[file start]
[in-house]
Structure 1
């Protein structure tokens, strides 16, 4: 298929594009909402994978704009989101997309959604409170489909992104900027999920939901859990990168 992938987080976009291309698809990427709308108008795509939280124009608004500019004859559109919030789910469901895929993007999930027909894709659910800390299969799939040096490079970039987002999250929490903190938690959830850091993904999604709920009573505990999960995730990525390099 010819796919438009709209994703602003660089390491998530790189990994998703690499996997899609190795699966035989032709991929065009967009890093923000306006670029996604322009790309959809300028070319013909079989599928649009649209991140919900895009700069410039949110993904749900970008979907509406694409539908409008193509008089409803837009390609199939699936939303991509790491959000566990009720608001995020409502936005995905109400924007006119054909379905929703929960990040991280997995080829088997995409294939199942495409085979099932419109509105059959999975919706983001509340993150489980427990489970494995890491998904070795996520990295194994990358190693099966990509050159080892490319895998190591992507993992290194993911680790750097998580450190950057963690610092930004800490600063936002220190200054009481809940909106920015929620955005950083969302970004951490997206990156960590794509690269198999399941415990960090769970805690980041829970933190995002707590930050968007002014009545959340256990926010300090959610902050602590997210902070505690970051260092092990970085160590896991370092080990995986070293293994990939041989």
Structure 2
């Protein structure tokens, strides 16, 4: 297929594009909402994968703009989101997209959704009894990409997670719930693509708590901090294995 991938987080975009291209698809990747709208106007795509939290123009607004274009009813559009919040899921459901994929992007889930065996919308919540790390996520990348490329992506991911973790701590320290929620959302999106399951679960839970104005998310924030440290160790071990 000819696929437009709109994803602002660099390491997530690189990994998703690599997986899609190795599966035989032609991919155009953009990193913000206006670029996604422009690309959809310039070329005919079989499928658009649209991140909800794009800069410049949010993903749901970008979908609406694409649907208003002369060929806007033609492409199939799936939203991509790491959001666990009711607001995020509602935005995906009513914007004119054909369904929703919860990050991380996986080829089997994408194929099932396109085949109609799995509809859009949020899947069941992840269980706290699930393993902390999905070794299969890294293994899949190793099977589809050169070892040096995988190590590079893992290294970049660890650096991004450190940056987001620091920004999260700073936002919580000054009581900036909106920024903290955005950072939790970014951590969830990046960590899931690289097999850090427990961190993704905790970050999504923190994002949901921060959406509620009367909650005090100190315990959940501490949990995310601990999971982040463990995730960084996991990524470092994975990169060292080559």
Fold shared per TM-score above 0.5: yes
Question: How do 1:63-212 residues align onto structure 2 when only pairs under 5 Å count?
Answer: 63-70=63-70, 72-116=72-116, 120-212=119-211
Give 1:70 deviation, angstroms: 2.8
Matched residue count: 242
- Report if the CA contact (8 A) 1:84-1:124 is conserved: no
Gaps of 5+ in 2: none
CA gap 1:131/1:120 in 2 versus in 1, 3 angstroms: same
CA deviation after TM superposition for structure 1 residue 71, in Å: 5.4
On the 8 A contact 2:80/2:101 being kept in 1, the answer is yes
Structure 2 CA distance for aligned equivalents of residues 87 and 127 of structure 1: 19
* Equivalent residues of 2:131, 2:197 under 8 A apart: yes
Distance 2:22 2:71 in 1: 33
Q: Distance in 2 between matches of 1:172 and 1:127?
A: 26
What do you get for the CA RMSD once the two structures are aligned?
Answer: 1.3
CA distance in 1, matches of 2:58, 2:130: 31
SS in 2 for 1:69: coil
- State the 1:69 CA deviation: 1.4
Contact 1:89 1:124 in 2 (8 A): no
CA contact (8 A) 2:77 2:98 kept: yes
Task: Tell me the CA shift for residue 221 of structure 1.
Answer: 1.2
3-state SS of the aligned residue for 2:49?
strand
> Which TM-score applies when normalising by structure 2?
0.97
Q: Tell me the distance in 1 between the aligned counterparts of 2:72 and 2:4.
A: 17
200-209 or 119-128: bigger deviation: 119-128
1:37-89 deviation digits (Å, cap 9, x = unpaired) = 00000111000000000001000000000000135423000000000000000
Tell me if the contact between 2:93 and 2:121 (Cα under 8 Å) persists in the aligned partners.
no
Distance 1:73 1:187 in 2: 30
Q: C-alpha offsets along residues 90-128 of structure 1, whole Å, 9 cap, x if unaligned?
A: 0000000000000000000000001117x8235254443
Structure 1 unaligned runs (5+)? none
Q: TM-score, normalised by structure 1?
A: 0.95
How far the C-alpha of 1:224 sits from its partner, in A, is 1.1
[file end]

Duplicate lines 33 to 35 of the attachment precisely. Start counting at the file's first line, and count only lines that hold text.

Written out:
0.97
Q: Tell me the distance in 1 between the aligned counterparts of 2:72 and 2:4.
A: 17